This update has been written in collaboration with Dr. Brendon Stiles. He is a thoracic surgeon at New York-Presbyterian Hospital and an Associate Professor of Cardiothoracic Surgery at Weill Cornell Medicine.
That question must be on the mind of many lung cancer patients as they consider treatment during the COVID-19 pandemic. We are currently in the middle of an unprecedented crisis that has left hospitals short on resources and personnel. That has led to shutting down “elective” surgical cases (surgeries that are not considered to be of medical emergency) at many hospitals, particularly in places such as New York City that are COVID-19 hot zones.
Are cancer cases truly “elective”? And how long can patients and their surgeons actually wait?
We don’t have a lot of data making a strong case for waiting or not waiting. Some lung cancer-specific data suggests that the decision should be made based on how “quickly” the lung cancer grows. It takes on average 13.2 years for a lung adenocarcinoma to get to 1 cm in size and 14.4 years to get to 3 cm. While other subtypes of lung cancer and other cancers may move much more quickly, this would obviously suggest that there is some time allowable prior to treatment for many cancers. In that context, postponing surgery a few weeks or months may outweigh the risks of exposure to COVID-19.
It is, however, unclear what is the appropriate waiting time for each individual patient. Most studies have suggested that for early-stage lung cancer, there is some risk of tumor progression that comes with delayed treatment. That said, the risk appears to be small and not particularly predictable. At this time, for hospitals that still have resources, the American College of Surgery recommends surgical resection as soon as feasible for patients with solid or predominantly solid cancer over 2 cm in size, while it recommends deferring lung cancer resection even in these hospitals for tumors less than 2 cm or for those that are predominantly ground glass.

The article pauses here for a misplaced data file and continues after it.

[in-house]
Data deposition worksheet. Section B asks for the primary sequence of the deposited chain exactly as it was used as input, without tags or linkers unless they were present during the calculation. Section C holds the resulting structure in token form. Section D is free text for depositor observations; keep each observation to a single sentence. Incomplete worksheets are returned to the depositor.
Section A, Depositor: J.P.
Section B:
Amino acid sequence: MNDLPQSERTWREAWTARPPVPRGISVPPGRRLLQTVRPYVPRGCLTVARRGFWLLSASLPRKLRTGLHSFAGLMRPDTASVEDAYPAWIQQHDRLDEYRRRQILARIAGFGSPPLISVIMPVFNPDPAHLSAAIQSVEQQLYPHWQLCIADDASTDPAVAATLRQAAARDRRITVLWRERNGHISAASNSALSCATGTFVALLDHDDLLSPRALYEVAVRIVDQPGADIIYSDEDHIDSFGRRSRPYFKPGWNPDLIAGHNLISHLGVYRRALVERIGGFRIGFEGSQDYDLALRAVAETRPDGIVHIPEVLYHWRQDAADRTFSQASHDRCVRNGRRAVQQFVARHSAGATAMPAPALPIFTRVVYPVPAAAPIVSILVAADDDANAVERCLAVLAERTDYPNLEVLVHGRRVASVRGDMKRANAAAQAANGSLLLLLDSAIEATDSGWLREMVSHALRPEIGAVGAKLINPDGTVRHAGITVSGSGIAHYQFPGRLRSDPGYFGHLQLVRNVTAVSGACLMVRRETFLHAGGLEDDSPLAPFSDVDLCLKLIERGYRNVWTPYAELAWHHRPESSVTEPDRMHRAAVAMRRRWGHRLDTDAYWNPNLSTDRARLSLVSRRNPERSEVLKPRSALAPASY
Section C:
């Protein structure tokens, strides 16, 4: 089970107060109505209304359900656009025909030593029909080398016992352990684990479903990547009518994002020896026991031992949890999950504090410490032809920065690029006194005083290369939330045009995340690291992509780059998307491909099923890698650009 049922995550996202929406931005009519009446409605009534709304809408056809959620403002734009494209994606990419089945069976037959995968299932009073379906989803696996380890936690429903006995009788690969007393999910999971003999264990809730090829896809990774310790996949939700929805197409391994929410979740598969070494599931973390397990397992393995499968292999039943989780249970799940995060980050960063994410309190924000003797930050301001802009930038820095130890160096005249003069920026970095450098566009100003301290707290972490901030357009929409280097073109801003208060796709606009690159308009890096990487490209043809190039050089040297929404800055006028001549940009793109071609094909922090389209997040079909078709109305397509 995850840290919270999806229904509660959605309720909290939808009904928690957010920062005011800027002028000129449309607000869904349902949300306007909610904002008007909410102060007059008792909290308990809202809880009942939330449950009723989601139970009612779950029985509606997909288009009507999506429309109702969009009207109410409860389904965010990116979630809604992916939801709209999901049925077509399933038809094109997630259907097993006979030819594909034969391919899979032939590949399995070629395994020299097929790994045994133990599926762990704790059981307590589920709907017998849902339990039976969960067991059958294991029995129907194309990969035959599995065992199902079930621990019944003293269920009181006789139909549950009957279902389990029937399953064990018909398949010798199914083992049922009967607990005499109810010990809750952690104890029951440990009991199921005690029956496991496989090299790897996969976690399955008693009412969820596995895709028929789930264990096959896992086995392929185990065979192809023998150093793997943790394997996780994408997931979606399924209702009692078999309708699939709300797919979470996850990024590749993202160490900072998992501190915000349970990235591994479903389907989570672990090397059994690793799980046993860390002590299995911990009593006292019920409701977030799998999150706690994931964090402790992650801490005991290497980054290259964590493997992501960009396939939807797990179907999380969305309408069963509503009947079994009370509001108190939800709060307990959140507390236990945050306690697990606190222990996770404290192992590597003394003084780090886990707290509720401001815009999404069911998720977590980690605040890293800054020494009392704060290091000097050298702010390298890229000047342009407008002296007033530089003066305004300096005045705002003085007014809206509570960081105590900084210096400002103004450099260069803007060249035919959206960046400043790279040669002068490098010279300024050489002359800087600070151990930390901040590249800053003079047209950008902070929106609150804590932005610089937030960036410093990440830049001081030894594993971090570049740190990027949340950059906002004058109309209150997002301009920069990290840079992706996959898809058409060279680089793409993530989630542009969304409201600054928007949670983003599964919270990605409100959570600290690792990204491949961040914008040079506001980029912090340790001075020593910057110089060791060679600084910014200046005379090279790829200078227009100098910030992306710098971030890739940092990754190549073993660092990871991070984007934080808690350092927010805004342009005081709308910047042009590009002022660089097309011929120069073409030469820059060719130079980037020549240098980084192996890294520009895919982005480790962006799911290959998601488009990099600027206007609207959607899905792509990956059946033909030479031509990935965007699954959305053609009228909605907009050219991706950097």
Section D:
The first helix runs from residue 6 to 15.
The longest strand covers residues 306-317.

In the current situation, patients with early-stage lung cancer should also consider alternatives to surgical resection. This is particularly true in areas that are the most affected by COVID-19, where surgery may not be an option for an extended period. Outpatient centers likely have less exposures than inpatient where we know there are many COVID patients. Also, patients spend less time in radiation treatment facilities. Finally, radiation (at least early on) preserves lung function and doesn’t risk immediate decrease in lung capacity, which may put patients at risk for more complications should they become infected. Good data is available on the efficacy of stereotactic ablative radiotherapy (SABR or SBRT) for the treatment of early-stage lung cancer. It is also worth noting that radiation, particularly stereotactic, doesn’t preclude surgery down the road.
It is not clear how data on treatment delay can be applied to patients with later-stage disease. Certainly patients with clear-cut stage II or III lung cancer could be started on outpatient chemotherapy or chemoradiation with surgery pushed down the road several months if needed